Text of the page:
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Amateur tug-of-war: When college and pro golf collide
31 Oct 2018
by Julie Williams of AmateurGolf.com

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An Arkansas huddle at the 2018 NCAA Championship (AGC photo)
An Arkansas huddle at the 2018 NCAA Championship (AGC photo)

At its highest level, college golf is a portal to professional golf. (Really, amateur golf is, too.) After four years playing golf essentially for a living, it’s hard not to feel the pull to continue that life. Few of the best Division I players in the top 50 or 60 programs in the country can pass it up.

It’s an odd dance, figuring out when and how to start that career, and this seems to be a particularly difficult concept for aspiring LPGA players. Maybe it’s because there are just enough success stories of players who came right out of amateur golf – Lexi Thompson, Brooke Henderson, Jessica and Nelly Korda – to entice a young player into banking everything on the possibility that she will be the next one.

Timing is a particularly interesting topic this week as the second half of the eight-round LPGA Q-Series gets underway in Pinehurst, N.C. In the three-day interim between parts one and two, three amateurs hung conspicuously in the top 5. A fourth was T-7 and a fifth was 11th. The amateur presence is stronger than usual this year, which appears to be the opposite of what the LPGA intended.

The LPGA made changes to its qualifying format last year in the name of making Q-School more about consistency than catching lightning in a bottle. Replacing the third stage with an eight-round Q-Series (played as two different tournaments but with scores carrying over) puts a premium on consistency.

More space was allotted in the Q-Series for Symetra Tour players and players who finished Nos. 101-150 on the LPGA money list, leaving less space for players coming out of the second stage. Collegians should have had a harder time getting into this situation, but Ohio State’s Jaclyn Lee, currently sitting in solo second at Q-Series, skated right through the first two stages.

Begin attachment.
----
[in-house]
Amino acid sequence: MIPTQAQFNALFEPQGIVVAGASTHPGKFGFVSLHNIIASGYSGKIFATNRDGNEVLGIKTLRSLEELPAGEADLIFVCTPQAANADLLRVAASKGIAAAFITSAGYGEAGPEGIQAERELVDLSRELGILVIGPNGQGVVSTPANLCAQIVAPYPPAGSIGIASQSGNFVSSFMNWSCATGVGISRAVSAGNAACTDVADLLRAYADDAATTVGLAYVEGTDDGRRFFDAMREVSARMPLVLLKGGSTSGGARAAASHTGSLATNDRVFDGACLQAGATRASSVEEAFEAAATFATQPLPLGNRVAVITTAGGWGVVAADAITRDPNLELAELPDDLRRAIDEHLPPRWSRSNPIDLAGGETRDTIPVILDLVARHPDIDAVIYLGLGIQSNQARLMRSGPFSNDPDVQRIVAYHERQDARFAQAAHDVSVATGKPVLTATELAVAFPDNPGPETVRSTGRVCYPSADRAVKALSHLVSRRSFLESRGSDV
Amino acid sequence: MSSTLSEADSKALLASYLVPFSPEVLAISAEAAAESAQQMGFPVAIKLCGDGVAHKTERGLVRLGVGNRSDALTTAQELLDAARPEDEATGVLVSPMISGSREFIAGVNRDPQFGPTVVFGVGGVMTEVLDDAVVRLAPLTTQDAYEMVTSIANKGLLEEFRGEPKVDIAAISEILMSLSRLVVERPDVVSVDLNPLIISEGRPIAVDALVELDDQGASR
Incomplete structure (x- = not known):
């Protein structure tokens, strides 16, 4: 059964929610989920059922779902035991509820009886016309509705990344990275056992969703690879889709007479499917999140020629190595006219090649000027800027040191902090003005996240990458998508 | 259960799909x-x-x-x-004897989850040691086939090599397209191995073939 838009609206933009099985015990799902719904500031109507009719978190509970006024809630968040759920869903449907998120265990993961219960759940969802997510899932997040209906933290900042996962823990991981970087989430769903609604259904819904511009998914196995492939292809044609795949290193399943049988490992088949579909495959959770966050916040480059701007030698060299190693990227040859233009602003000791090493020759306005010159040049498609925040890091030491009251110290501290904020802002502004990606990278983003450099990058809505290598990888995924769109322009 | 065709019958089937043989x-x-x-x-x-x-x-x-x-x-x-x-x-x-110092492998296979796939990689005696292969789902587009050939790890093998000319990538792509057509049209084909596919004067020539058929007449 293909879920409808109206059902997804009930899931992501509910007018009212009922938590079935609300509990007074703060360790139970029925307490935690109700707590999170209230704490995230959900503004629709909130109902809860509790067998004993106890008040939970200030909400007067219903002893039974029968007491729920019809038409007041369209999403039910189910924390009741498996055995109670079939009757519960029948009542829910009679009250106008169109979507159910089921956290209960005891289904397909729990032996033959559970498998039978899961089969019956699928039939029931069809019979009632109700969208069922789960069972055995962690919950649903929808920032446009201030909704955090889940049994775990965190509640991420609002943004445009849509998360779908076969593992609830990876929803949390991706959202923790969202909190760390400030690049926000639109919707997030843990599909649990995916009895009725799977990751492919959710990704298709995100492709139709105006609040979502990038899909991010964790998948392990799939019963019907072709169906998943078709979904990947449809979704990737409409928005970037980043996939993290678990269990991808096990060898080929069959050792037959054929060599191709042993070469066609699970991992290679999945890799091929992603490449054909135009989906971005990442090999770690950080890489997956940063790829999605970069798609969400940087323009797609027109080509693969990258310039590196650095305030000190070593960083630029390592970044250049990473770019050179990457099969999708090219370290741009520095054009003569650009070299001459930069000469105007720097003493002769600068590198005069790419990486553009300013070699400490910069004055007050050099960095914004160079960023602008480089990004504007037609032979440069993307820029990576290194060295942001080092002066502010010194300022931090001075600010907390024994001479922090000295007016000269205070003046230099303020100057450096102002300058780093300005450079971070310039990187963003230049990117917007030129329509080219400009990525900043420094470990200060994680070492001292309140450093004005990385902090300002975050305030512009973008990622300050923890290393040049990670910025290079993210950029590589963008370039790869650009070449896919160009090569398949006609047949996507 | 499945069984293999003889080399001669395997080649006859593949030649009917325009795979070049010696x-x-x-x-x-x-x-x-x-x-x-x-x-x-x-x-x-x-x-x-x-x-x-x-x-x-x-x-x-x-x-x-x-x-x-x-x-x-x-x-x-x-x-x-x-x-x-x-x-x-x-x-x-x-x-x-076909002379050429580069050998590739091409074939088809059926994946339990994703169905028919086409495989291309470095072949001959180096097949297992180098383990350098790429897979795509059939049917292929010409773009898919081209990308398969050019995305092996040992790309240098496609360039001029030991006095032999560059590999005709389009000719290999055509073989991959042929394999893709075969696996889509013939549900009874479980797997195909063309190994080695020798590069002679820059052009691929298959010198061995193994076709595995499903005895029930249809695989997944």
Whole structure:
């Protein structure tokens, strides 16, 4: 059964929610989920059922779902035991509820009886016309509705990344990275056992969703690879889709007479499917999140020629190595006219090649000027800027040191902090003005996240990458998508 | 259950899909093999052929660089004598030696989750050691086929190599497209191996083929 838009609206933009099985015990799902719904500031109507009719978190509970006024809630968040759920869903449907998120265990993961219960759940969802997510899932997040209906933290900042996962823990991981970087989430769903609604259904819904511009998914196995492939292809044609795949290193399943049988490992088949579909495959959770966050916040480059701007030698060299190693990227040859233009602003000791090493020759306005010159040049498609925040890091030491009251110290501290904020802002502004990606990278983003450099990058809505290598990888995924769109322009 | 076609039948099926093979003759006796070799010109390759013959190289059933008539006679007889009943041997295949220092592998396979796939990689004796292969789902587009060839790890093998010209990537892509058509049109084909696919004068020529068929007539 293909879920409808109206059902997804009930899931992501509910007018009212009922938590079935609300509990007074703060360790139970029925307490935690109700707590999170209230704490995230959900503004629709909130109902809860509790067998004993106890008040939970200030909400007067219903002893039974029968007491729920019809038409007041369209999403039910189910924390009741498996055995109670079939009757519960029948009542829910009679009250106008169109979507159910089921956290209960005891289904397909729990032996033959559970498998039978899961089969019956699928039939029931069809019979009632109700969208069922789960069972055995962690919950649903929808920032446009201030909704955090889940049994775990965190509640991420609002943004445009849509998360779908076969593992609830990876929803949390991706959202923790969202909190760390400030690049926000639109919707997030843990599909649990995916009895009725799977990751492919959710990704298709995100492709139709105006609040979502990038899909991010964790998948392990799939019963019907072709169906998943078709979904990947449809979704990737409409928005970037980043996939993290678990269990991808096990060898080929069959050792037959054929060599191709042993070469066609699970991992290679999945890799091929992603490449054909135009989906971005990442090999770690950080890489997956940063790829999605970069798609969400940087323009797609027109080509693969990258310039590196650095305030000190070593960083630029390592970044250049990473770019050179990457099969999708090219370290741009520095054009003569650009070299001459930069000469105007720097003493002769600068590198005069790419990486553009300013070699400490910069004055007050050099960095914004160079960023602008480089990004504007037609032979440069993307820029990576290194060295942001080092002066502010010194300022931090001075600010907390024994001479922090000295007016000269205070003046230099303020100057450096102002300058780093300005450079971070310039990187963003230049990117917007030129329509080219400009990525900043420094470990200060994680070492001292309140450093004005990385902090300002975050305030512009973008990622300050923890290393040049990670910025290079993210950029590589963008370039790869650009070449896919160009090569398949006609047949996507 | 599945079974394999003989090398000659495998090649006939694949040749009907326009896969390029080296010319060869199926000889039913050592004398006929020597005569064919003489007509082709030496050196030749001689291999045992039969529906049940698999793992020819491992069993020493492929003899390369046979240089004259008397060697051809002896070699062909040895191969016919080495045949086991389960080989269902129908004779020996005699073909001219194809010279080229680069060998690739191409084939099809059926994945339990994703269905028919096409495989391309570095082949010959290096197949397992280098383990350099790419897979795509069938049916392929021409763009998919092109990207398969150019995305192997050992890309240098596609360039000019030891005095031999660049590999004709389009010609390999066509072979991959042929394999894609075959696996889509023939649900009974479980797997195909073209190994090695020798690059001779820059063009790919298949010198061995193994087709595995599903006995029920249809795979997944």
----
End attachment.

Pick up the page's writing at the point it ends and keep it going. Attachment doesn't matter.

The idea was to identify LPGA-ready talent and send newer players up through the Symetra Tour ranks. Still, there was a caveat for the nation’s top college players. The top 5 individuals in the Golfweek/Sagarin College Rankings from the end of the 2017-18 season earned an exemption straight to the Q-Series. In case you were wondering, all five of those players accepted the offer, even though it meant forking over $5,500 to play in the Q-Series.

Wake Forest’s Jennifer Kupcho (T-3), Alabama’s Lauren Stephenson (T-3) and Arkansas’ Maria Fassi (T-7) are taking huge advantage of that opportunity. UCLA’s Lilia Vu and Patty Tavatanakit are also in the field but began the second half of the tournament outside the top 45.

That number is important. Only 101 players tee it up in the Q-Series, but the top 45 and ties receive full LPGA status. Those aren’t bad odds.

There is another important change to note. For the first time this year, an amateur will have the option of deferring her LPGA card until the end of the college season. Essentially, she can have her cake and eat it too. That said, missing out on the first six months of the LPGA season sets up a scenario where a college graduate will have to play hard to make up that lost time and keep her card for the following season.